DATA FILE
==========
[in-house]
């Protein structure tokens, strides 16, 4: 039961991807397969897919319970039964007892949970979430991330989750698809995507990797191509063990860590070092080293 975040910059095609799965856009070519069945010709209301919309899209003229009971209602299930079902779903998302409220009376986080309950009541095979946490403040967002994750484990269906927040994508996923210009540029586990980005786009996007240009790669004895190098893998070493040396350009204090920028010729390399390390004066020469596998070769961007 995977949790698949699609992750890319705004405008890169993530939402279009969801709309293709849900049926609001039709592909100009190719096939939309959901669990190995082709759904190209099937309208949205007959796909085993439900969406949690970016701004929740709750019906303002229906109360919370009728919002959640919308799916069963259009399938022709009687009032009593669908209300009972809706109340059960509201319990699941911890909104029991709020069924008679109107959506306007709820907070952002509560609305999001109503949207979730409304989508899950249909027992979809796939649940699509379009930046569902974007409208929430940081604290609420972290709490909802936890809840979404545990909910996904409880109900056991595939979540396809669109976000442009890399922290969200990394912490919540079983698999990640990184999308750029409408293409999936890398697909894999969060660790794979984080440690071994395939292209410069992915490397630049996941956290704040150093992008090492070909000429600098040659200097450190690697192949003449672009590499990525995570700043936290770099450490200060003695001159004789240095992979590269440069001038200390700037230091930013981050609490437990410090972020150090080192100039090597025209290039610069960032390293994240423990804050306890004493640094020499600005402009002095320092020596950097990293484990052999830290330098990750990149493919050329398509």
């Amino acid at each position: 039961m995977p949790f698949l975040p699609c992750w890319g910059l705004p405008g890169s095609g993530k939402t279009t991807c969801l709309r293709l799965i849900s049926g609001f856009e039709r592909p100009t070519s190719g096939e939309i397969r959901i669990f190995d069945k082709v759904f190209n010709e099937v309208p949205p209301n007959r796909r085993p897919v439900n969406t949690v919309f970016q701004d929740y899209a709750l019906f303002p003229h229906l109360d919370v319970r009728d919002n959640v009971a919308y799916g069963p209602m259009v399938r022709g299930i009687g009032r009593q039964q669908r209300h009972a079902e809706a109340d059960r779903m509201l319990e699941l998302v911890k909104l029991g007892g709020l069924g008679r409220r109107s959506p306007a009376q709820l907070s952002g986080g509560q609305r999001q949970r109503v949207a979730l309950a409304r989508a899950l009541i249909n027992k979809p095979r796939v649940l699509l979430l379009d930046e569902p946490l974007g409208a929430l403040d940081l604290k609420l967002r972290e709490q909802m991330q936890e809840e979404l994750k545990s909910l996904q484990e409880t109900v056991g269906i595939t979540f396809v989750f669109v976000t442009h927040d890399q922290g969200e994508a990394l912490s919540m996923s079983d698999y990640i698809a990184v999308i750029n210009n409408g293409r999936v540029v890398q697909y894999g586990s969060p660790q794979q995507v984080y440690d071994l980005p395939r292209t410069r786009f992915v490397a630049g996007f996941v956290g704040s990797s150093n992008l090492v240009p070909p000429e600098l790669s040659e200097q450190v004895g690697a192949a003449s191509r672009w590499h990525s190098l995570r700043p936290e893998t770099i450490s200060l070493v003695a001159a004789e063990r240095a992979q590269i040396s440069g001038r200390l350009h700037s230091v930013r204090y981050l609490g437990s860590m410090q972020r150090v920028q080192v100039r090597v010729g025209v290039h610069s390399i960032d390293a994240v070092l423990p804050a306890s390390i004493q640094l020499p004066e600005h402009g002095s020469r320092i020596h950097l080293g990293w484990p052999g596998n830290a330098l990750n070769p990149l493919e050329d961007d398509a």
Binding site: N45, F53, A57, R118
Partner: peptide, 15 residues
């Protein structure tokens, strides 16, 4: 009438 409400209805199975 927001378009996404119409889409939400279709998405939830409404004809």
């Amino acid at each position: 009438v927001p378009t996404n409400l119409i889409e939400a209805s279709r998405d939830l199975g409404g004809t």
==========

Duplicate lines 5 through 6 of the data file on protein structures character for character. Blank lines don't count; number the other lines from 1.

Partner: peptide, 15 residues
């Protein structure tokens, strides 16, 4: 009438 409400209805199975 927001378009996404119409889409939400279709998405939830409404004809």